A large part of the steel industry in Canada and the United States is concentrated in the Great Lakes region because this is a very rich terrain with an ore of iron, coal and limestone, and exploitation can be done on land and in lakes from various mines.
In the United States, the steel production is in mines near the Superior Lake, and the ironworks are located along the Michigan Lake coast, next to Detroit, Cleveland and Lorraine near Lake Iri. In Canada, ores are exploited from Upper Lake, and are processed in Sault Ste, Mari and Hamilton Ironworks. The largest concentration of paper production factories in The United States is located along the Fox River, which flows into the Green Bay Bay at Lake Michigan. In the Canadian factory, they are concentrated along the Veland Canal, along the coast of Upper Lake. The chemical industry was developed on both sides of the Niagara River due to the availability of electricity.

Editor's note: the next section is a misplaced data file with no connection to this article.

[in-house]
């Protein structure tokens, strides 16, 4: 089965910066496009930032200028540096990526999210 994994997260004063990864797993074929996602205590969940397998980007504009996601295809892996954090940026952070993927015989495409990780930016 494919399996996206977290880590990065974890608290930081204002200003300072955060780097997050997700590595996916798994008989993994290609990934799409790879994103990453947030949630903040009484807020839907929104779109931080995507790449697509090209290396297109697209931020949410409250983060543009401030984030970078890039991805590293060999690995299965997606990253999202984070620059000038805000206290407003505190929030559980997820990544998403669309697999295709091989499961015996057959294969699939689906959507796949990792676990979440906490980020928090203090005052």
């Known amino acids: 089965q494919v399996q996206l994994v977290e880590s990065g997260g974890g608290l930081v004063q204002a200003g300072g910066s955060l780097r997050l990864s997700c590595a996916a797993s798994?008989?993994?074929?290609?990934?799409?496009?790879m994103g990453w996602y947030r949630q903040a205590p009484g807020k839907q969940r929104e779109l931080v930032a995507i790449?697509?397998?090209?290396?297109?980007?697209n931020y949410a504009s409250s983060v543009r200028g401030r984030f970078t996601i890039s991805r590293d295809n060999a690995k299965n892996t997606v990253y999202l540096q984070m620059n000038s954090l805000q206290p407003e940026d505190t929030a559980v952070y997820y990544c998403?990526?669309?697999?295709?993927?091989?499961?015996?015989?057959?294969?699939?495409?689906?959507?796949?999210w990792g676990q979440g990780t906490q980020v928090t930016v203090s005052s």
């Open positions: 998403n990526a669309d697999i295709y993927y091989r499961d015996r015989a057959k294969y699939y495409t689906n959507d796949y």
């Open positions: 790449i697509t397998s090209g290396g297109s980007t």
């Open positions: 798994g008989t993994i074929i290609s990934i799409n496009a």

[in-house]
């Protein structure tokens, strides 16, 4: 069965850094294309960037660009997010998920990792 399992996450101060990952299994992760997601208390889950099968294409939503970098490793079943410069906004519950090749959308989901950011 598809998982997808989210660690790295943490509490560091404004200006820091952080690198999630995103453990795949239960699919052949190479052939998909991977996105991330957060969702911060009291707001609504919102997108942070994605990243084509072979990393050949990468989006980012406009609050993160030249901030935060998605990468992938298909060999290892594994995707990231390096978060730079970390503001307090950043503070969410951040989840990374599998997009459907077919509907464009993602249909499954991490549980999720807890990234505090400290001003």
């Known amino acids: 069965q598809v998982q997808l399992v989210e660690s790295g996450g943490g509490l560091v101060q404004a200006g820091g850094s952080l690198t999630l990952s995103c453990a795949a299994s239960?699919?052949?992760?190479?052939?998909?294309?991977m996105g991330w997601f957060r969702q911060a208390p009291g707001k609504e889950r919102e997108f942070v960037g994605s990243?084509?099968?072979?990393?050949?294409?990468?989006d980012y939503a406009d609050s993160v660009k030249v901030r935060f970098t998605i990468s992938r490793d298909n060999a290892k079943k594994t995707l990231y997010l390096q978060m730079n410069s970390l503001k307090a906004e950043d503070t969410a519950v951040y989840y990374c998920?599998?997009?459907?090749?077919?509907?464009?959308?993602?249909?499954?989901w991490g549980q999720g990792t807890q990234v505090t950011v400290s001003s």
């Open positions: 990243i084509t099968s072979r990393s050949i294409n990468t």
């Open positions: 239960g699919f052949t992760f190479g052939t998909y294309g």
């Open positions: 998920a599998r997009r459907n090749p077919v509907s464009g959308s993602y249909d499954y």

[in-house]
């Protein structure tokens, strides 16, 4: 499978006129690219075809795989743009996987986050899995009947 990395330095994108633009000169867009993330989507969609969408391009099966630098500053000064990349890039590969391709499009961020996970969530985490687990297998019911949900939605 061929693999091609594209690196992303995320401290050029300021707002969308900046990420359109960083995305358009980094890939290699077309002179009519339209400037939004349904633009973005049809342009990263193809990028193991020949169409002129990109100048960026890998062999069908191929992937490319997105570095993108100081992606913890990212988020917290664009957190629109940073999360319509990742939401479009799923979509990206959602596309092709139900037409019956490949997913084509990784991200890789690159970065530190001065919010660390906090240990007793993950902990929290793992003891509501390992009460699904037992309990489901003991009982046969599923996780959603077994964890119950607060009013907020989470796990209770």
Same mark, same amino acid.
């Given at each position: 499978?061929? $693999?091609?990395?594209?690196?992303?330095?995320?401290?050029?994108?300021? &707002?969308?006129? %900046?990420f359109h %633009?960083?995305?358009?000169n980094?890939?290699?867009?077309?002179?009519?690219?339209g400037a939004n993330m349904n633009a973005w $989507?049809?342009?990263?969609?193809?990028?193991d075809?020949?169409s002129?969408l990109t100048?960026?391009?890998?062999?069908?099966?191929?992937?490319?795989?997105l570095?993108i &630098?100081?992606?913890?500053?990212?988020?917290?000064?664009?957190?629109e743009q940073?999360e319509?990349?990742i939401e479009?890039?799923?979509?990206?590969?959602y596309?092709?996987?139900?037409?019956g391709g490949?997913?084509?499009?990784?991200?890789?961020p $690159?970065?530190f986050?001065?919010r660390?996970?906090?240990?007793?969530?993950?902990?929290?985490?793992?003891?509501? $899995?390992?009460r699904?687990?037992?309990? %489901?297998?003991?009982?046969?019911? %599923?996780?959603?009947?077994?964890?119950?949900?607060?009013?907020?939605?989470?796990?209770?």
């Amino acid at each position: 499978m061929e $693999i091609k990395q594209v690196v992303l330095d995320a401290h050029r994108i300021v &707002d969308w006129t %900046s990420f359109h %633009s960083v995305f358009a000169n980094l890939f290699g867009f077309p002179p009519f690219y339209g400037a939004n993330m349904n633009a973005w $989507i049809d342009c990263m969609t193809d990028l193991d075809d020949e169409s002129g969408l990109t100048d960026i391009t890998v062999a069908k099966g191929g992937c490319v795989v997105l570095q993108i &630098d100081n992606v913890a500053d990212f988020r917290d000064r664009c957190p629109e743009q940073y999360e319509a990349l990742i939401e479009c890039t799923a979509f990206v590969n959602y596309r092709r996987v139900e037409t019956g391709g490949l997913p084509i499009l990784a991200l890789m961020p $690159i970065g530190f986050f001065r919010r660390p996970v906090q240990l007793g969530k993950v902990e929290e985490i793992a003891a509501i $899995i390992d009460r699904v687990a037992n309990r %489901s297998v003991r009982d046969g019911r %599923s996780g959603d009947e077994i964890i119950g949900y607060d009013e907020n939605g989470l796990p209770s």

The second large concentration of the chemical industry is near the Saginav bay, Huron Lake in the state of Ontario, on the St. Kler River. In this region, many factories are located for the production of agricultural machinery, appliances and tools. Minnesota is known for the production of ores, especially iron. It gives 60% of the total production of iron ore in the United States.